Effects of Annual Influenza Vaccination on Winter Mortality in Elderly People With Chronic Heart Disease

Cinta de Diego; Angel Vila-Córcoles; Olga Ochoa; Teresa Rodriguez-Blanco; Elisabeth Salsench; Imma Hospital; Ferran Bejarano; M. del Puy Muniain; Mercé Fortin; Montserrat Canals and EPIVAC Study Group


Eur Heart J. 2009;30(2):209-216. 

In This Article


Design, Setting, and Study Population

We conducted a cohort study that included all community-dwelling individuals 65 years or older assigned to eight Primary Health Care Centres (PHCCs) in the region of Tarragona (Catalonia, Spain) who had a diagnosis of chronic heart disease (including heart failure or coronary artery disease) registered in their clinical record at the start of the study.

When the study started, the Health District of Tarragona had 12 PHCCs with an overall assigned population of 134 232 all-age inhabitants. The selection of the eight participating PHCCs was not randomized and they were chosen taking into account the existence of electronic clinical registries working since 1998 or before. The other four PHCCs in the Health District were not included because they had only computerized the clinical records more recently.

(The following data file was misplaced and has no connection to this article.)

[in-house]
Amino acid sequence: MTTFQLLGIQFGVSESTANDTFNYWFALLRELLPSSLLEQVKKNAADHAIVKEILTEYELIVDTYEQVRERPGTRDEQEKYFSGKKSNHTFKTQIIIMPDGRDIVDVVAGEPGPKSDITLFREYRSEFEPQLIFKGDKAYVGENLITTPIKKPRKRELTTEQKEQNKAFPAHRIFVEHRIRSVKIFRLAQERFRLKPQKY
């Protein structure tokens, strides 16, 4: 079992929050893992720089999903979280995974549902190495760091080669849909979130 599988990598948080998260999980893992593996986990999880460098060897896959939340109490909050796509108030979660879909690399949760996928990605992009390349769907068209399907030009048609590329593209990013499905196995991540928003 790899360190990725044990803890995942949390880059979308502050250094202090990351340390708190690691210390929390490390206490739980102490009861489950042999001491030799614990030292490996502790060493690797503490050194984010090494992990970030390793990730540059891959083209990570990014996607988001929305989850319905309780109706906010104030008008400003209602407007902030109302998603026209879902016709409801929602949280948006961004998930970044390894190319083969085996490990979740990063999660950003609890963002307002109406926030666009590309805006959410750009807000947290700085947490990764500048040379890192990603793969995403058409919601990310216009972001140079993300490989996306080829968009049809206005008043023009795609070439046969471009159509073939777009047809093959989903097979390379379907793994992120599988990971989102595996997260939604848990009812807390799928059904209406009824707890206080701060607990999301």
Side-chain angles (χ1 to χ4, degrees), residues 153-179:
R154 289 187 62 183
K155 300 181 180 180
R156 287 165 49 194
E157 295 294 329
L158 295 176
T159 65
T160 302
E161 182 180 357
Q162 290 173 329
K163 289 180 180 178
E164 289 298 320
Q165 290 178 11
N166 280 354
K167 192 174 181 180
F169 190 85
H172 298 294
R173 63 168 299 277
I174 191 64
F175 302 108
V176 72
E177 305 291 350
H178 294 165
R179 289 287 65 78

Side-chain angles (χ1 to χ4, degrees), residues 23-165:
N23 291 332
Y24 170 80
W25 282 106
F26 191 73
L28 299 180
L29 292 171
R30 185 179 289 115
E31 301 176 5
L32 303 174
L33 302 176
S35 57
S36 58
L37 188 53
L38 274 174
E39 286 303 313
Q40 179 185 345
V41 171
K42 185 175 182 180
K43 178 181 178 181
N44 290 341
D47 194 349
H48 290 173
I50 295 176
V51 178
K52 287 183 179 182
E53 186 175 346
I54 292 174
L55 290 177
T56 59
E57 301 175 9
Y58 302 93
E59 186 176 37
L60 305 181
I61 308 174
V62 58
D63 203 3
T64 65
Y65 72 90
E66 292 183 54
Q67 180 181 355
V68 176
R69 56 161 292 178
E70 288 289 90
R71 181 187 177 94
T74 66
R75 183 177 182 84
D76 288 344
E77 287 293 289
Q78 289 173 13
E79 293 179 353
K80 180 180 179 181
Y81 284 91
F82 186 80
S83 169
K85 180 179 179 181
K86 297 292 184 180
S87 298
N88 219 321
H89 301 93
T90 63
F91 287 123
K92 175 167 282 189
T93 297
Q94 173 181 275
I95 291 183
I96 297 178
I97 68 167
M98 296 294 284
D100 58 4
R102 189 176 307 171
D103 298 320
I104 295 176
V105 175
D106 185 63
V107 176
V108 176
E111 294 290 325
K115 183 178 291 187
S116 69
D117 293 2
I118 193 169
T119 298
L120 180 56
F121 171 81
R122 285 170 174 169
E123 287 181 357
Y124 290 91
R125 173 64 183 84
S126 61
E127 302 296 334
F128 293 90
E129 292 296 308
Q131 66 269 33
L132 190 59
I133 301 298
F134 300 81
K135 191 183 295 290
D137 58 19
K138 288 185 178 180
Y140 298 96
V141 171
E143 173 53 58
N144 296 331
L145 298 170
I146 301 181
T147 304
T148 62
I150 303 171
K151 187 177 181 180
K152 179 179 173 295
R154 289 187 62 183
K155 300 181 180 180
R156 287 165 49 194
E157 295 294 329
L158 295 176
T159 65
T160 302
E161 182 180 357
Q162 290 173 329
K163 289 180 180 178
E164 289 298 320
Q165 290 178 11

The 1340 cohort members were followed from the beginning of the study (1 January 2002) until enrolment from the PHCC ceased, the occurrence of death, or until the end of the study (30 April 2005). The study was approved by the Ethical Committee of the Catalonian Health Institute and conducted in accordance with the general principles for observational studies.

Sources of Data

All participating PHCCs have an institutional computerized clinical record system which contains registries of immunizations, laboratory tests, medication prescription, diagnoses associated with outpatient visits, and chronic diseases coded according to the International Classification of Diseases, 9th Revision, Clinical Modification (ICD-9). The electronic records of each cohort member were used to identify whether the individual had received or not the influenza vaccine in each influenza vaccination campaign, and it was also used to identify the presence of chronic heart disease (heart failure: ICD-9 codes 428, 428.0 and 428.1; coronary artery disease: ICD-9 codes 410–414), co-morbidities, and other medical conditions.

Outcome Measure and Definitions

The influenza period was defined as the period during which influenza-like illnesses were frequently reported in the study area, from 1 January to 30 April for each year of the study.[15]